ActionScript Foundry

The ActionScript Foundry is a lightweight MVC framework dedicated to the development of rich internet applications using the open source Adobe Flex SDK.

“Lightweight” means there are a few ActionScript classes involved in the MVC framework itself, they all can be found in the “Foundry” package, and are all intended to handle some responsibilities of the three participants of the MVC model.

To get started with the ActionScript Foundry MVC, read this chapter or jump to the tutorial : “ActionScript Foundry : a beginner’s guide“.


The Model part of the MVC is represented in the Foundry by a single class : AbstractModel. This class is an implementation of the IObservable (also known as Subject) part of the Observer pattern (see an illustration of the Observer pattern in Java). The role of an Observable instance is to relay changes to the Observer instances (here, the views) using a notification mechanism.

For more information about AbstractModel, consult the API documentation.


The View participant of the MVC is depicted in the Foundry by two elements : the interface IView, and the ViewHelper class. Each View will be splitted in two classes :

  • an IView implementation: responsible for the layout part (commonly using MXML elements),
  • a ViewHelper : dedicated to the management of the view’s micro-logic.
View and ViewHelper as the View participant of the MVC paradigm.

View and ViewHelper as the View participant of the MVC paradigm.

Using separate classes allows loose coupling between the data gathering logic and the formatting logic of a view. It allows also to reuse a ViewHelper implementation for multiple views if needed, and avoids troubles while using complex inheritance diagrams.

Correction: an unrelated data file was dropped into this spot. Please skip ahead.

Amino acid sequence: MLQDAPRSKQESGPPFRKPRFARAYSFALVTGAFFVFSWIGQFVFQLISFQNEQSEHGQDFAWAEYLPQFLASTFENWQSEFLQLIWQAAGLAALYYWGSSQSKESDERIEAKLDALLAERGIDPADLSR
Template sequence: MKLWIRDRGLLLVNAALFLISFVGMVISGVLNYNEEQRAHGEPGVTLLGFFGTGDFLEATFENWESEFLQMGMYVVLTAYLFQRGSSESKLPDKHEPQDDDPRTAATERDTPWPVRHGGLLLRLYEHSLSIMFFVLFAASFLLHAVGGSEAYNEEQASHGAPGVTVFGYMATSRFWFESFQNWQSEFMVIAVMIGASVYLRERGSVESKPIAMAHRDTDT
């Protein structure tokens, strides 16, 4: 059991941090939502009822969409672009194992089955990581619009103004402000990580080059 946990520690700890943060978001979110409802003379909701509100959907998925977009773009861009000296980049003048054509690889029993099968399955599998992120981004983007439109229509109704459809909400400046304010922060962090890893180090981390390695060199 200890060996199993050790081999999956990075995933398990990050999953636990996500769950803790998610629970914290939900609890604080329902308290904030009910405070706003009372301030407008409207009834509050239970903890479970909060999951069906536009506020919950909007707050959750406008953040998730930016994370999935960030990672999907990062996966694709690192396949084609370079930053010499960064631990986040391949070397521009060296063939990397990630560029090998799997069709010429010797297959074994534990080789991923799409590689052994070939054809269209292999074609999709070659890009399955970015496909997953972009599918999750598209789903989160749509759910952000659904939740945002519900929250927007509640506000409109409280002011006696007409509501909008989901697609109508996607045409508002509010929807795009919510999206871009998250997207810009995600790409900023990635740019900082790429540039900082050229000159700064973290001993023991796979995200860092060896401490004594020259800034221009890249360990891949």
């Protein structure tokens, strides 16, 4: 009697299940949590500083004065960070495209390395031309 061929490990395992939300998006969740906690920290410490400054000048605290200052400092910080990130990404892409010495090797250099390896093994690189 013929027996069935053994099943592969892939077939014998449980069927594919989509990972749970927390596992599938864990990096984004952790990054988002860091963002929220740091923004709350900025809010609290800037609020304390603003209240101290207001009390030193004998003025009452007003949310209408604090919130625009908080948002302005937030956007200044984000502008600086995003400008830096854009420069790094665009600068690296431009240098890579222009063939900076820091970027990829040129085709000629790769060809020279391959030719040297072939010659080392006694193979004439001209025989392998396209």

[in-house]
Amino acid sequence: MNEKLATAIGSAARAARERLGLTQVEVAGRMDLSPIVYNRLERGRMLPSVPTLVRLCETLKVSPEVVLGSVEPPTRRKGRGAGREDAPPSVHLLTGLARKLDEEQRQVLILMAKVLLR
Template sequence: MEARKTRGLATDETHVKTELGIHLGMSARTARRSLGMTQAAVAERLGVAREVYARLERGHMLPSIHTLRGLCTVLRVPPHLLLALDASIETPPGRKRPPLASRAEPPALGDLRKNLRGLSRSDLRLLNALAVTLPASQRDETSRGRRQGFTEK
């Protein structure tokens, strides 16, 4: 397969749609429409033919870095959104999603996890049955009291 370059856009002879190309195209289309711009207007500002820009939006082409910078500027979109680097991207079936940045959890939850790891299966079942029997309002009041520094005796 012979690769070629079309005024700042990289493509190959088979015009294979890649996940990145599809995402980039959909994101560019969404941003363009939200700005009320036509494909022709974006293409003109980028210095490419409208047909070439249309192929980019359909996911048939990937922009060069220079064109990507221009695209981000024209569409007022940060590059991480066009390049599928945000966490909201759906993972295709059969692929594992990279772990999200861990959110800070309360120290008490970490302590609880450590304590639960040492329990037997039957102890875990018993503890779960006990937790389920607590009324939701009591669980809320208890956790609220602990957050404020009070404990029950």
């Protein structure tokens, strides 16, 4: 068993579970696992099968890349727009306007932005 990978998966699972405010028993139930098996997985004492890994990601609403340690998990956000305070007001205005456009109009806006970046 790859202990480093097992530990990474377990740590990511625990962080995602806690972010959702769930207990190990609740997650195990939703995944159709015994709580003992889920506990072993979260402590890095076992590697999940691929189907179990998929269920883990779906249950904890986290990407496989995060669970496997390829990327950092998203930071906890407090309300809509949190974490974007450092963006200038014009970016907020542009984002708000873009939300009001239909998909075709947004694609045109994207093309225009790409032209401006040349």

ViewHelper implements IObserver interface, the Observer part of the Observer pattern. This implementation allows the ViewHelper to listen to Model changes and to pass them to the view (using the Flex SDK binding mechanism, for example).

For convenience reasons, all the containers defined by the Flex SDK have been extended and implement the IView interface : VBoxView, HBoxView, CanvasView and so on.

A common mistake is to use the View/Viewhelper pattern for low level components, the ActionScript Foundry has a Widget/WidgetManager for this purpose. Keep in mind to use view for top level component / Screen.  In fact a specific View ( e.g : CustomerManagmentView ) will not have to be implemented more than once.


The Controller participant is represented in the Foundry by the AbstractController class. As the main application entry point, one of its responsibilities is to initialize the Model and BusinessDelegate instances (see Remote procedure call for more information about the BusinessDelegate class).

As the Controller participant handles interactions, its surface (its number of members) tends to grow quickly. To avoid this, the Foundry provides an AbstractSubController class, than can be accessed through the main controller of the application, and to insure the “Single Responsibility” rule of the software development.

Previous Step

Next Step

Saturday, November 15th, 2008 No Comments by Jeff Mathiot